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Filmmaking: Sharing Your Story

“Do you watch Stranger Things?!” “Oh my gosh, have you seen the new Avengers movie?!” “What do you mean, you don’t watch The Office?!” “How can you NOT have seen Bohemian Rhapsody yet?!” – All questions I am sure you have received to some degree within the last few years. With the rise of streaming, binge-watching, and movie-theater-campout-obsessing, it’s no question that film & TV have easily become some of the most popular sources of entertainment today, if not the most popular. There’s always rumors of a new project, always a new trailer to watch, always a new season being released; the demands of an eager and hungry audience has resulted in a steady, almost overwhelming, stream of visual entertainment. 

One of the things that attracts people most to the film/TV medium is its unique ability to show you a story, not just tell it. I don’t know about you but I was obsessed with Disney movies as a kid, and one of the reasons I loved them so much was because of their exceptional ability to bring imagination to life. The movies they create were once stories that were just sitting inside someone’s head, and they were able to bring that story to the big screen for the whole world to see, showing us things we had never seen before.

The main point I am trying to make is that everyone has a story worth telling. Everyone’s got something brewing in the back of their minds that’s worth sharing with others. If you’ve been sitting on a story idea for a while now but just don’t know what to do with it, here are a few tips:


Where to Start:

Start by writing it down! Get out all your ideas on paper. Every detail you’ve imagined about the characters, the setting, the plot; write it all down. Once you’ve got the basic outline down on paper, you can start working and perfecting it. Or, if you’d prefer to jump right in, start filming some scenes.

“What if I Can’t Afford a Camera?”

Am I correct in guessing that you’re reading this blog on your smartphone? If so, then there’s your camera right there! Start with shooting some footage on your phone, and in the meantime,  you can be saving up for a video or DSLR camera. Or, if you have a friend who has a camera, ask to borrow it for a little while.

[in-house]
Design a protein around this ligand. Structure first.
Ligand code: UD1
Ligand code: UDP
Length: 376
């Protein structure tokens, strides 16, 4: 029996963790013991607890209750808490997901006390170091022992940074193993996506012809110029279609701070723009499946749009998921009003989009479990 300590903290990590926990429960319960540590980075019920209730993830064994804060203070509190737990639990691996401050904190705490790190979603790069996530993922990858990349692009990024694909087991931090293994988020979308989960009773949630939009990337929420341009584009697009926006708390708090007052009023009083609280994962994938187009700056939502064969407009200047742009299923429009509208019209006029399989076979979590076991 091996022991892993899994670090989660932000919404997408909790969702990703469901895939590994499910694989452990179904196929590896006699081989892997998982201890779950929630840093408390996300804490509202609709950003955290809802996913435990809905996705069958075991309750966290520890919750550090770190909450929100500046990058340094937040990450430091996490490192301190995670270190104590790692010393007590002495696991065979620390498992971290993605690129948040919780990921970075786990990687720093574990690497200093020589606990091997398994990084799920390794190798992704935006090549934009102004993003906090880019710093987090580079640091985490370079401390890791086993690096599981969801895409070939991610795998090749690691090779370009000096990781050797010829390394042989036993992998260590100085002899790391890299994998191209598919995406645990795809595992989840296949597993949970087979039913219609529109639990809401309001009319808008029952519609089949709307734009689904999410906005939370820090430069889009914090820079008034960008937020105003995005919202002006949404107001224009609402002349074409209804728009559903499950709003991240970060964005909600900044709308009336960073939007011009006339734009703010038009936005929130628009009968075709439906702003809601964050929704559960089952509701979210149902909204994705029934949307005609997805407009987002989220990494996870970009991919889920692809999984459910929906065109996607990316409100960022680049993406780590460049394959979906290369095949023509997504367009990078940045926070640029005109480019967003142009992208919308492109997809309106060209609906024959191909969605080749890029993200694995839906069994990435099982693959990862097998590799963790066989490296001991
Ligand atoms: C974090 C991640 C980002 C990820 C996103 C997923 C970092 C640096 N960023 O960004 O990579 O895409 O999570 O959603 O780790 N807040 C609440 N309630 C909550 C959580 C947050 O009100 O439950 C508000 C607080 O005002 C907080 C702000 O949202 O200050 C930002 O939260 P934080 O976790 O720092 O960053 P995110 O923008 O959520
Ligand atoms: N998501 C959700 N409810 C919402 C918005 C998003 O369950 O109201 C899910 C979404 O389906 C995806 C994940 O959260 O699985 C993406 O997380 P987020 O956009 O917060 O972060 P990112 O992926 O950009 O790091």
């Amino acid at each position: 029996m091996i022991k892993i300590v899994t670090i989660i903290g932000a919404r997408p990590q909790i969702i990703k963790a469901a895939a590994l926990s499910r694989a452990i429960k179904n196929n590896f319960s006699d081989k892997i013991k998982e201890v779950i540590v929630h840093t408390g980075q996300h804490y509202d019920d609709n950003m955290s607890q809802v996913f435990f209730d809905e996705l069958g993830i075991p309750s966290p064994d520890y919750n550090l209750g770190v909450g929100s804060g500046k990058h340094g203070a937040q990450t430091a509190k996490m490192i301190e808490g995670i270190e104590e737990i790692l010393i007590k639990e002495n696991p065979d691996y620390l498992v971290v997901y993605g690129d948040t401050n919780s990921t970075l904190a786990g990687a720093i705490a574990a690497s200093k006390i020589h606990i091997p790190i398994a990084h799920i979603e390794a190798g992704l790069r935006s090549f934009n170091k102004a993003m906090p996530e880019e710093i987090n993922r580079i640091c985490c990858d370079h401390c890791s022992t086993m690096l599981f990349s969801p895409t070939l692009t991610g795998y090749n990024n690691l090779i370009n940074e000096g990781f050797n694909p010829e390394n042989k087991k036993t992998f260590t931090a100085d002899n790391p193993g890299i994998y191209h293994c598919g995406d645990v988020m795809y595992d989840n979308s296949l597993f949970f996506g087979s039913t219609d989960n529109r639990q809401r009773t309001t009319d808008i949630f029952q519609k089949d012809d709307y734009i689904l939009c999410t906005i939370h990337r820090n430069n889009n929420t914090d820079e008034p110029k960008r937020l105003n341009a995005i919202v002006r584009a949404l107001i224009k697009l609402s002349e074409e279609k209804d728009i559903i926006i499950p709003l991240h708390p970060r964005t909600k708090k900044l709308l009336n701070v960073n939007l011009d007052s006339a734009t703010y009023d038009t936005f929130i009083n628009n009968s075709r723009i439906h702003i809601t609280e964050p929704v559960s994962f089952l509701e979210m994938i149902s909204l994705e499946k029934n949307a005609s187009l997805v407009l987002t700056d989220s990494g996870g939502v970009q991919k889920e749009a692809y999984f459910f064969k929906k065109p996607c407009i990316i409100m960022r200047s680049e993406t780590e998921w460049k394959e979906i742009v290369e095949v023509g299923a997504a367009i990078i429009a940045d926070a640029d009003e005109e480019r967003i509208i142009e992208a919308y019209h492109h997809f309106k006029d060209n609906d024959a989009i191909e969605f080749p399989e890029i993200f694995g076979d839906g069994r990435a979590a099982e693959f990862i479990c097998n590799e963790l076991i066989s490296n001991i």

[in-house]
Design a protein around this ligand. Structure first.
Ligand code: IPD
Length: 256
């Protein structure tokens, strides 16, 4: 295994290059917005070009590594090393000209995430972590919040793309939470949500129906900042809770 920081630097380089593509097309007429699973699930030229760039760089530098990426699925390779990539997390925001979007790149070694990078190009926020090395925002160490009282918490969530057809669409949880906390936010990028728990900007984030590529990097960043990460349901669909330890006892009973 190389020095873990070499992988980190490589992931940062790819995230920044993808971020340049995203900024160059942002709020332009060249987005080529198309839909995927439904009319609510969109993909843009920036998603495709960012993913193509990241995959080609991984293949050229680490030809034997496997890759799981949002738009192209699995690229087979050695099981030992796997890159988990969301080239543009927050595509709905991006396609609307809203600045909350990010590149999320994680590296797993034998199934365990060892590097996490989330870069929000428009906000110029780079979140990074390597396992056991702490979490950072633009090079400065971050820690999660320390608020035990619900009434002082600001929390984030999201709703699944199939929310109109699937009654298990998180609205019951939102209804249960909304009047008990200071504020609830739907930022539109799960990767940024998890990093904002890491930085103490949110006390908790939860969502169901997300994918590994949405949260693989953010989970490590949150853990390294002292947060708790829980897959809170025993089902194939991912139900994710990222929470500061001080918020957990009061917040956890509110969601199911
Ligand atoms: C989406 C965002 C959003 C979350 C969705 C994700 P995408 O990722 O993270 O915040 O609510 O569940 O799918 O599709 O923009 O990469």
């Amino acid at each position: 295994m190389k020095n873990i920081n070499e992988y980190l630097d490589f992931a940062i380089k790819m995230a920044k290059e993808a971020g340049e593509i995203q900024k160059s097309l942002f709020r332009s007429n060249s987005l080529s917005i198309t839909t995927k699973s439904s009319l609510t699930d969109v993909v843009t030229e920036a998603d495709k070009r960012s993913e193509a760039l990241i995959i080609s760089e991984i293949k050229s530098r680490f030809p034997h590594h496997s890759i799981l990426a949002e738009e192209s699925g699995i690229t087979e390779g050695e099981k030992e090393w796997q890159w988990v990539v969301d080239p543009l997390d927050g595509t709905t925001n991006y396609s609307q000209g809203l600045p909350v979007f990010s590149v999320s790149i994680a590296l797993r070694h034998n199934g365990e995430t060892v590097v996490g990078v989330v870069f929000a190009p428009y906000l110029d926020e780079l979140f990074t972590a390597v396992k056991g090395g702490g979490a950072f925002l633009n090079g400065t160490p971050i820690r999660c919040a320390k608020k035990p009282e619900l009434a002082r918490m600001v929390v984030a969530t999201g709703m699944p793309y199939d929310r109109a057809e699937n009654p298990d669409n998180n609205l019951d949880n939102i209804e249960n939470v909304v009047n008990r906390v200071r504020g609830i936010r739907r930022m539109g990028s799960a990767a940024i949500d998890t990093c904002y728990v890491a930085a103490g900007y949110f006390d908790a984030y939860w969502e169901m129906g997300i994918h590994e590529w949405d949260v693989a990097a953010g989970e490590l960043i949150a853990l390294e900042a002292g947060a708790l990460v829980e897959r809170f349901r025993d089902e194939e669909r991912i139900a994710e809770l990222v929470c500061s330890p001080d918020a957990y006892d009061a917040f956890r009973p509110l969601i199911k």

“What if My Story’s Not Good Enough…?”

Umm… first of all, wrong! Your story is absolutely good enough. It may not be the next Marvel film or big Indie box office hit (yet), but it is still your story, and your story, as I’ve said before, is always worth sharing. Second of all, it is important to not compare your work to others while you’re working on your story. It can be so easy to say “Well, I’m no Alfred Hitchcock” or “It’ll never be as good as anything Steven Spielberg has done”, but it is important to remember also that Alfred Hitchcock and Steven Spielberg are not you. Your story is unique and has just as much power as anybody else’s. 

“Okay, I’ve Got My Idea Down. Where Do I Go From Here?” 

Have a friend or family member read it over, see if there’s anything you can improve on. There’s no harm in writing multiple drafts or shooting scenes multiple times. Then, start sending it out! Enter your footage or screenplay in contests; send it to known directors and producers; post it on your YouTube channel. If you’re passionate about your story, you can never over-share it.

Need Any Additional Help? 

One of Oak Film Co.’s greatest joys is getting to help people tell their stories through filmmaking. If you have a story to tell but are still unsure about how to get started, or have questions about filmmaking in general, shoot us an email at hello@oakfilmco.com. To contact the author of this blog post, email bailey@oakfilmco.com.